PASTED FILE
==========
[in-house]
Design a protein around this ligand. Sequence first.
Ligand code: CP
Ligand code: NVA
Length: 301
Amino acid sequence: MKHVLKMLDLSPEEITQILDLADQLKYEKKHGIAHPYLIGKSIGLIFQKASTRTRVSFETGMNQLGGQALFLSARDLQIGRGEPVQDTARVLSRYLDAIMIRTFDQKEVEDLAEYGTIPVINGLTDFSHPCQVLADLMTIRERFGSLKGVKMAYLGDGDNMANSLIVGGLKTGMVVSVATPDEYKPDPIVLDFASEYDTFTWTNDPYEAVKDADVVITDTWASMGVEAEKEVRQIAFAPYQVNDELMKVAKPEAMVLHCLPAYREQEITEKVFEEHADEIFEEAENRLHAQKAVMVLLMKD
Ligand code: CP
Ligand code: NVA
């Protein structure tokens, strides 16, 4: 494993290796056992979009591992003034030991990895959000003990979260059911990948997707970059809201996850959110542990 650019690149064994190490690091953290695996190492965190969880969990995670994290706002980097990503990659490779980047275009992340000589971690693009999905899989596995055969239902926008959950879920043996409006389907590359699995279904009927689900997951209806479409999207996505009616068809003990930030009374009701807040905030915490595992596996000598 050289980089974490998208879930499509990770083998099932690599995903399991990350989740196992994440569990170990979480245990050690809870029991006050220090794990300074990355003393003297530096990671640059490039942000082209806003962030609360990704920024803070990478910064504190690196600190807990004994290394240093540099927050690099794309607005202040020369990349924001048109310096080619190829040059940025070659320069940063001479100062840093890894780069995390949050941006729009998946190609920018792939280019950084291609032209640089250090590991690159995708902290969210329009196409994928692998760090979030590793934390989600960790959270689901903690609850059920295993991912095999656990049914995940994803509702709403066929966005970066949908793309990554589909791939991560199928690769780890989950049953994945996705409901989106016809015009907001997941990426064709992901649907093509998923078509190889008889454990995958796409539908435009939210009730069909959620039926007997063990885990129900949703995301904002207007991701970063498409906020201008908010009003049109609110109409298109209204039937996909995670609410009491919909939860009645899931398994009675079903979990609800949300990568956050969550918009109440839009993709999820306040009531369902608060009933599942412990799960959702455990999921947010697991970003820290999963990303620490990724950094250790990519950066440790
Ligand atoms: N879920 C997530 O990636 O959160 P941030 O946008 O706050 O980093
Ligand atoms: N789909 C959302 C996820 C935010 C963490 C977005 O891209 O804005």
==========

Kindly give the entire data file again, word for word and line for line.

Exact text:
[in-house]
Design a protein around this ligand. Sequence first.
Ligand code: CP
Ligand code: NVA
Length: 301
Amino acid sequence: MKHVLKMLDLSPEEITQILDLADQLKYEKKHGIAHPYLIGKSIGLIFQKASTRTRVSFETGMNQLGGQALFLSARDLQIGRGEPVQDTARVLSRYLDAIMIRTFDQKEVEDLAEYGTIPVINGLTDFSHPCQVLADLMTIRERFGSLKGVKMAYLGDGDNMANSLIVGGLKTGMVVSVATPDEYKPDPIVLDFASEYDTFTWTNDPYEAVKDADVVITDTWASMGVEAEKEVRQIAFAPYQVNDELMKVAKPEAMVLHCLPAYREQEITEKVFEEHADEIFEEAENRLHAQKAVMVLLMKD
Ligand code: CP
Ligand code: NVA
């Protein structure tokens, strides 16, 4: 494993290796056992979009591992003034030991990895959000003990979260059911990948997707970059809201996850959110542990 650019690149064994190490690091953290695996190492965190969880969990995670994290706002980097990503990659490779980047275009992340000589971690693009999905899989596995055969239902926008959950879920043996409006389907590359699995279904009927689900997951209806479409999207996505009616068809003990930030009374009701807040905030915490595992596996000598 050289980089974490998208879930499509990770083998099932690599995903399991990350989740196992994440569990170990979480245990050690809870029991006050220090794990300074990355003393003297530096990671640059490039942000082209806003962030609360990704920024803070990478910064504190690196600190807990004994290394240093540099927050690099794309607005202040020369990349924001048109310096080619190829040059940025070659320069940063001479100062840093890894780069995390949050941006729009998946190609920018792939280019950084291609032209640089250090590991690159995708902290969210329009196409994928692998760090979030590793934390989600960790959270689901903690609850059920295993991912095999656990049914995940994803509702709403066929966005970066949908793309990554589909791939991560199928690769780890989950049953994945996705409901989106016809015009907001997941990426064709992901649907093509998923078509190889008889454990995958796409539908435009939210009730069909959620039926007997063990885990129900949703995301904002207007991701970063498409906020201008908010009003049109609110109409298109209204039937996909995670609410009491919909939860009645899931398994009675079903979990609800949300990568956050969550918009109440839009993709999820306040009531369902608060009933599942412990799960959702455990999921947010697991970003820290999963990303620490990724950094250790990519950066440790
Ligand atoms: N879920 C997530 O990636 O959160 P941030 O946008 O706050 O980093
Ligand atoms: N789909 C959302 C996820 C935010 C963490 C977005 O891209 O804005």